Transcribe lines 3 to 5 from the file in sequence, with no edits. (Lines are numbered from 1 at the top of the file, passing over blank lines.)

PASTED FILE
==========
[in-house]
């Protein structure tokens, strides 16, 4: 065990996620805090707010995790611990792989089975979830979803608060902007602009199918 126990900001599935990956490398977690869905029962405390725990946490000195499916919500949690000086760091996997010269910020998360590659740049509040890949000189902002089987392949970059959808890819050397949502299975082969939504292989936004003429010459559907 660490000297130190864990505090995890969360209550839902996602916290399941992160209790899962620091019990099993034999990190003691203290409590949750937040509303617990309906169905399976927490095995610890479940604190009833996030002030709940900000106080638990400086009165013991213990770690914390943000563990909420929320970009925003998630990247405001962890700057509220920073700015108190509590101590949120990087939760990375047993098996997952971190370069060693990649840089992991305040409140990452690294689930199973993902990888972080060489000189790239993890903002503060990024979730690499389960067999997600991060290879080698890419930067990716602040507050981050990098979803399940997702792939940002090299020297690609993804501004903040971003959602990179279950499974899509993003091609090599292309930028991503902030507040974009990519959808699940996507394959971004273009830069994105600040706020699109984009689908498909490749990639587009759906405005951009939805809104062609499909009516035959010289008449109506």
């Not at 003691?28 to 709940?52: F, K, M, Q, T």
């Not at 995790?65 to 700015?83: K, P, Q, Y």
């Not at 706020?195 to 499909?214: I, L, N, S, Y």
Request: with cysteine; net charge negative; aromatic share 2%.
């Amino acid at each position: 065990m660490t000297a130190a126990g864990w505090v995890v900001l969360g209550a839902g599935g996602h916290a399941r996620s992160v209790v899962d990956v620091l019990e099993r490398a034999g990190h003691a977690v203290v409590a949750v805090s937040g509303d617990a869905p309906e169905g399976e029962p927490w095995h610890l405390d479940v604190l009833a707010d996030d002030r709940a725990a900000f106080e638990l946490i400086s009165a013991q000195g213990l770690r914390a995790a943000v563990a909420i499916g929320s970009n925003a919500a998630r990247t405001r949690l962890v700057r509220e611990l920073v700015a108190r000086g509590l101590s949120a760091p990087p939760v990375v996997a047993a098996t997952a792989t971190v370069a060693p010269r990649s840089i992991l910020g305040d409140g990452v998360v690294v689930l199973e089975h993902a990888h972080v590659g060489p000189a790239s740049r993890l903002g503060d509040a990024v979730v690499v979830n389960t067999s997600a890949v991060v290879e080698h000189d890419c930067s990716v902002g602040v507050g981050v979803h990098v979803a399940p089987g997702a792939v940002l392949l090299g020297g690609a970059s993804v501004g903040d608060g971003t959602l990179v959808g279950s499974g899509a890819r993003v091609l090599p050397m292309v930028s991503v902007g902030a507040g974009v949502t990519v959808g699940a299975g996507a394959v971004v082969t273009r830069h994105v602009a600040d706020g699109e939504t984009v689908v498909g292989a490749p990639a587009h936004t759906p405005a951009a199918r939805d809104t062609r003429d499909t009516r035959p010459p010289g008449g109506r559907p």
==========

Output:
């Not at 003691?28 to 709940?52: F, K, M, Q, T």
């Not at 995790?65 to 700015?83: K, P, Q, Y």
């Not at 706020?195 to 499909?214: I, L, N, S, Y």